Here, the \(y\)intercept is 150.950. This means that an individual who is 0 inches tall would be predicted to weigh 150.905 pounds. In this particular scenario this intercept does not have any real applicable meaning because our range of heights is about 50 to 80 inches. We would never use this model to predict the weight of someone who is 0 inches tall. What we are really interested in here is the slope.
The slope is 4.854. For every one inch increase in height, the predicted weight increases by 4.854 pounds.
Review: Key Terms
In the next sections you will learn how to construct and test for the statistical significance of a simple linear regression model. But first, let's review some key terms:
 Explanatory variable

Variable that is used to explain variability in the response variable, also known as an independent variable or predictor variable; in an experimental study, this is the variable that is manipulated by the researcher.
 Response variable

The outcome variable, also known as a dependent variable.
 Simple linear regression

A method for predicting one response variable using one explanatory variable and a constant (i.e., the yyintercept).
 yintercept

The point on the \(y\)axis where a line crosses (i.e., value of \(y\) when \(x = 0\)); in regression, also known as the constant.
 Slope

A measure of the direction (positive or negative) and steepness of a line; for every one unit increase in \(x\), the change in \(y\). For every one unit increase in \(x\) the predicted value of \(y\) increases by the value of the slope.
12.3.1  Formulas
12.3.1  FormulasSimple linear regression uses data from a sample to construct the line of best fit. But what makes a line “best fit”? The most common method of constructing a regression line, and the method that we will be using in this course, is the least squares method. The least squares method computes the values of the intercept and slope that make the sum of the squared residuals as small as possible.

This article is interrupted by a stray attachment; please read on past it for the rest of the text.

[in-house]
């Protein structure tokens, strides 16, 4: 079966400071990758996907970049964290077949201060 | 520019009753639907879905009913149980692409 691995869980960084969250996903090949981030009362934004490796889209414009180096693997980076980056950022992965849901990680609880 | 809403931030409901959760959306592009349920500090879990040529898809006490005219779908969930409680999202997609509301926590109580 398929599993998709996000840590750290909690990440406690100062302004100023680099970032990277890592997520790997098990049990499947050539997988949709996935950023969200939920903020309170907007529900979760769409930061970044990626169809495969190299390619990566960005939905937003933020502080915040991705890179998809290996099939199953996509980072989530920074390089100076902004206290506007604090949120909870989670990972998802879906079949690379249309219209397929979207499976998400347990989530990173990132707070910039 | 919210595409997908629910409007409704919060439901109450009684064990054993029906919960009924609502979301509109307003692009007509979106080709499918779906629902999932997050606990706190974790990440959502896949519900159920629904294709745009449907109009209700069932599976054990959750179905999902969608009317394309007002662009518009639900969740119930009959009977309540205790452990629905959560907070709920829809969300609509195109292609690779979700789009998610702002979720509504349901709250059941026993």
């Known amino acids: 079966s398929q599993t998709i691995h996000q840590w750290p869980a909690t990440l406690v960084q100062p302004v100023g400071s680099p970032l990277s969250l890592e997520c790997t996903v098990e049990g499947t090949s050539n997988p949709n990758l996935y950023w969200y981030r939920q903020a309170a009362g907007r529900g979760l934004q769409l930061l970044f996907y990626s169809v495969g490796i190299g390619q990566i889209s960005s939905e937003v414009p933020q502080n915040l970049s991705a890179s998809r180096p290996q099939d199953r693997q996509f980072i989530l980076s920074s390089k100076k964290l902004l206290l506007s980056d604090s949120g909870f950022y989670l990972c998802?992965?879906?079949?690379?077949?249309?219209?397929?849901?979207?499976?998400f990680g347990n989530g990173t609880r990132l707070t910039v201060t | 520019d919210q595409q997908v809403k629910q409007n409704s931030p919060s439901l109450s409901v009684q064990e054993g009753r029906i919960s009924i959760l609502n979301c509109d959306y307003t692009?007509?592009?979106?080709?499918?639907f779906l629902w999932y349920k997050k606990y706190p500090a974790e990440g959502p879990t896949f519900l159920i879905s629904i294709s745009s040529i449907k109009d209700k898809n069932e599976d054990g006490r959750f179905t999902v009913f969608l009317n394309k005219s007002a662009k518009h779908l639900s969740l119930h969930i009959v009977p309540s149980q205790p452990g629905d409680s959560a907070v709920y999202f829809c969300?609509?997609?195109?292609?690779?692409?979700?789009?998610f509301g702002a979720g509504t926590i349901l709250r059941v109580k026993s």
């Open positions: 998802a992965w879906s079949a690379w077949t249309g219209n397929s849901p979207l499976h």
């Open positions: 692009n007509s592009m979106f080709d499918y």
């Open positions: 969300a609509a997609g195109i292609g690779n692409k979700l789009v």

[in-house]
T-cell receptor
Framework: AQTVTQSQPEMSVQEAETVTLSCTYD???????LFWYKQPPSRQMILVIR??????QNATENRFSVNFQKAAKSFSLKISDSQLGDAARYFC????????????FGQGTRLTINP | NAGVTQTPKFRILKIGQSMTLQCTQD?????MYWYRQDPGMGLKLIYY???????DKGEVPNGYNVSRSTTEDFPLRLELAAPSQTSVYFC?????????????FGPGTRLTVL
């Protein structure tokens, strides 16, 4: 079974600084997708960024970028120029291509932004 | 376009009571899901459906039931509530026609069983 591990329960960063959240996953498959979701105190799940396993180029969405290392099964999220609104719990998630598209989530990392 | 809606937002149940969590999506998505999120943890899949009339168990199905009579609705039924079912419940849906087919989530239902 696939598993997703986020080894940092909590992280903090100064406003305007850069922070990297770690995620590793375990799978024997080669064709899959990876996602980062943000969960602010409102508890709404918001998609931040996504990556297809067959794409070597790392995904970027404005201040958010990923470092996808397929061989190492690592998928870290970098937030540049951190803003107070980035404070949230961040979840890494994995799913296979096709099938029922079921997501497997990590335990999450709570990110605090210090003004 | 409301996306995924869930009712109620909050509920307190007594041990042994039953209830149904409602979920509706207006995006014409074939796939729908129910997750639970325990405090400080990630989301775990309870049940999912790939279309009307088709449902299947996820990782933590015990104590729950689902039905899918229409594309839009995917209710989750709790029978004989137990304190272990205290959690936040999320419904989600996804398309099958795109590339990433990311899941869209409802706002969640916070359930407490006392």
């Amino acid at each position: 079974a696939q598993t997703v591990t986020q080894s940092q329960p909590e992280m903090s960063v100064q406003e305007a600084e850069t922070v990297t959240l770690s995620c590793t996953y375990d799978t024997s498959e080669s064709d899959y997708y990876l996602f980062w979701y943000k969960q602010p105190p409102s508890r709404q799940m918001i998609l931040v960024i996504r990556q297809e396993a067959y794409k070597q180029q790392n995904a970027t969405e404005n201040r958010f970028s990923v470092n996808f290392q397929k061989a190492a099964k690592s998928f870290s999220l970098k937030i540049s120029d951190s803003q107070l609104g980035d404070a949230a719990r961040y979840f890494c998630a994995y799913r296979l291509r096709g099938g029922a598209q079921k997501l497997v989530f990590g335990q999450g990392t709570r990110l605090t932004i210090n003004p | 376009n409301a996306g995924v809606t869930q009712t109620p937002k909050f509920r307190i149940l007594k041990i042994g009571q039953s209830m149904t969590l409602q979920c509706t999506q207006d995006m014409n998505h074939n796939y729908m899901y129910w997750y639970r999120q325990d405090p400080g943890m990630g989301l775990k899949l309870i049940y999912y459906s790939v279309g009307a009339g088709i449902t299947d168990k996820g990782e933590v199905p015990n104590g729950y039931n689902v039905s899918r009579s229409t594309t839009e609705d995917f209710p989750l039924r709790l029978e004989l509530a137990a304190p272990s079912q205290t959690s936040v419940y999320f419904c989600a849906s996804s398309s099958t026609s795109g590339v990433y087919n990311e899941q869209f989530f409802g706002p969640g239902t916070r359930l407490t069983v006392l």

Recall from Lesson 3, a residual is the difference between the actual value of y and the predicted value of y (i.e., \(y  \widehat y\)). The predicted value of y ("\(\widehat y\)") is sometimes referred to as the "fitted value" and is computed as \(\widehat{y}_i=b_0+b_1 x_i\).
Below, we'll look at some of the formulas associated with this simple linear regression method. In this course, you will be responsible for computing predicted values and residuals by hand. You will not be responsible for computing the intercept or slope by hand.
Residuals
Residuals are symbolized by \(\varepsilon \) (“epsilon”) in a population and \(e\) or \(\widehat{\varepsilon }\) in a sample.
As with most predictions, you expect there to be some error. For example, if we are using height to predict weight, we wouldn't expect to be able to perfectly predict every individuals weight using their height. There are many variables that impact a person's weight, and height is just one of those many variables. These errors in regression predictions are called prediction error or residuals.
A residual is calculated by taking an individual's observed y value minus their corresponding predicted y value. Therefore, each individual has a residual. The goal in least squares regression is to construct the regression line that minimizes the squared residuals. In essence, we create a best fit line that has the least amount of error.
 Residual
 \(e_i =y_i \widehat{y}_i\)

\(y_i\) = actual value of y for the ith observation
\(\widehat{y}_i\) = predicted value of y for the ith observation
 Sum of Squared Residuals

Also known as Sum of Squared Errors (SSE)
\(SSE=\sum (y\widehat{y})^2\)
Computing the Intercept & Slope
Statistical software will compute the values of the \(y\)intercept and slope that minimize the sum of squared residuals. The conceptual formulas below show how these statistics are related to one another and how they relate to correlation which you learned about earlier in this lesson. In this course we will always be using Minitab to compute these values.